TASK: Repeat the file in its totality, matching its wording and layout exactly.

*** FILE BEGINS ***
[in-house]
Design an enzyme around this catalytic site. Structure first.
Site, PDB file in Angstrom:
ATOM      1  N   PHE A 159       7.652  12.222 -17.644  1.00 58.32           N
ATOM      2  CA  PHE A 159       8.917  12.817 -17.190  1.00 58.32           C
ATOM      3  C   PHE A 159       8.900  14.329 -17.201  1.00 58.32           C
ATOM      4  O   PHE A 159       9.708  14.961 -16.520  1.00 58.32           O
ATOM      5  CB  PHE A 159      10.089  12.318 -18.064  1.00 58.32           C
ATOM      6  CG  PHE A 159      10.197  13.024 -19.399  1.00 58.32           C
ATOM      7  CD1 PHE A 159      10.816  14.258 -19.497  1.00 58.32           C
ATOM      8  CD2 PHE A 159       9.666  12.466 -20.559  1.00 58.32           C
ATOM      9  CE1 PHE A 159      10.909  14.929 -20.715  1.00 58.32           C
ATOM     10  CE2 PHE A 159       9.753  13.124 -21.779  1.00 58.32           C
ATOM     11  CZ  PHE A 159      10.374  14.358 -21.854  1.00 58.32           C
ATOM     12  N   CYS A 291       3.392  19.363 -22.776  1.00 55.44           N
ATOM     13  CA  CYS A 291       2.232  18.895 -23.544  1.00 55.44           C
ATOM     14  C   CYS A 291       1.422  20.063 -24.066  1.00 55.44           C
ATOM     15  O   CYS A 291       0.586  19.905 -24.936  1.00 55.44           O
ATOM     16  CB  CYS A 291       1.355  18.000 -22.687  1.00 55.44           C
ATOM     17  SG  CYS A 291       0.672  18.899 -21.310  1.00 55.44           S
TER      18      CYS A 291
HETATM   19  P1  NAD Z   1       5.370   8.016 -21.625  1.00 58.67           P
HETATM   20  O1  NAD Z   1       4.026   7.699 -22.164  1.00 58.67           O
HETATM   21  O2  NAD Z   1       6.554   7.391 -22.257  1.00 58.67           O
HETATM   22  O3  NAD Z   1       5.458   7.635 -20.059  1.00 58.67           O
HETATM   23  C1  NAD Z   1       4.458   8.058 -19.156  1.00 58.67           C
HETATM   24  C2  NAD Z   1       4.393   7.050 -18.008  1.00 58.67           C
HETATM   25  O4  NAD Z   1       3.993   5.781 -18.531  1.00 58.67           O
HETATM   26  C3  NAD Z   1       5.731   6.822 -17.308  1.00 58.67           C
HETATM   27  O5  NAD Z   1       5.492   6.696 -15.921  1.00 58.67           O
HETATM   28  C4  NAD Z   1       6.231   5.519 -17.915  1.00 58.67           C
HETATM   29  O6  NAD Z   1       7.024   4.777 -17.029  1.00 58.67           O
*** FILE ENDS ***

[in-house]
Design an enzyme around this catalytic site. Structure first.
Site, PDB file in Angstrom:
ATOM      1  N   PHE A 159       7.652  12.222 -17.644  1.00 58.32           N
ATOM      2  CA  PHE A 159       8.917  12.817 -17.190  1.00 58.32           C
ATOM      3  C   PHE A 159       8.900  14.329 -17.201  1.00 58.32           C
ATOM      4  O   PHE A 159       9.708  14.961 -16.520  1.00 58.32           O
ATOM      5  CB  PHE A 159      10.089  12.318 -18.064  1.00 58.32           C
ATOM      6  CG  PHE A 159      10.197  13.024 -19.399  1.00 58.32           C
ATOM      7  CD1 PHE A 159      10.816  14.258 -19.497  1.00 58.32           C
ATOM      8  CD2 PHE A 159       9.666  12.466 -20.559  1.00 58.32           C
ATOM      9  CE1 PHE A 159      10.909  14.929 -20.715  1.00 58.32           C
ATOM     10  CE2 PHE A 159       9.753  13.124 -21.779  1.00 58.32           C
ATOM     11  CZ  PHE A 159      10.374  14.358 -21.854  1.00 58.32           C
ATOM     12  N   CYS A 291       3.392  19.363 -22.776  1.00 55.44           N
ATOM     13  CA  CYS A 291       2.232  18.895 -23.544  1.00 55.44           C
ATOM     14  C   CYS A 291       1.422  20.063 -24.066  1.00 55.44           C
ATOM     15  O   CYS A 291       0.586  19.905 -24.936  1.00 55.44           O
ATOM     16  CB  CYS A 291       1.355  18.000 -22.687  1.00 55.44           C
ATOM     17  SG  CYS A 291       0.672  18.899 -21.310  1.00 55.44           S
TER      18      CYS A 291
HETATM   19  P1  NAD Z   1       5.370   8.016 -21.625  1.00 58.67           P
HETATM   20  O1  NAD Z   1       4.026   7.699 -22.164  1.00 58.67           O
HETATM   21  O2  NAD Z   1       6.554   7.391 -22.257  1.00 58.67           O
HETATM   22  O3  NAD Z   1       5.458   7.635 -20.059  1.00 58.67           O
HETATM   23  C1  NAD Z   1       4.458   8.058 -19.156  1.00 58.67           C
HETATM   24  C2  NAD Z   1       4.393   7.050 -18.008  1.00 58.67           C
HETATM   25  O4  NAD Z   1       3.993   5.781 -18.531  1.00 58.67           O
HETATM   26  C3  NAD Z   1       5.731   6.822 -17.308  1.00 58.67           C
HETATM   27  O5  NAD Z   1       5.492   6.696 -15.921  1.00 58.67           O
HETATM   28  C4  NAD Z   1       6.231   5.519 -17.915  1.00 58.67           C
HETATM   29  O6  NAD Z   1       7.024   4.777 -17.029  1.00 58.67           O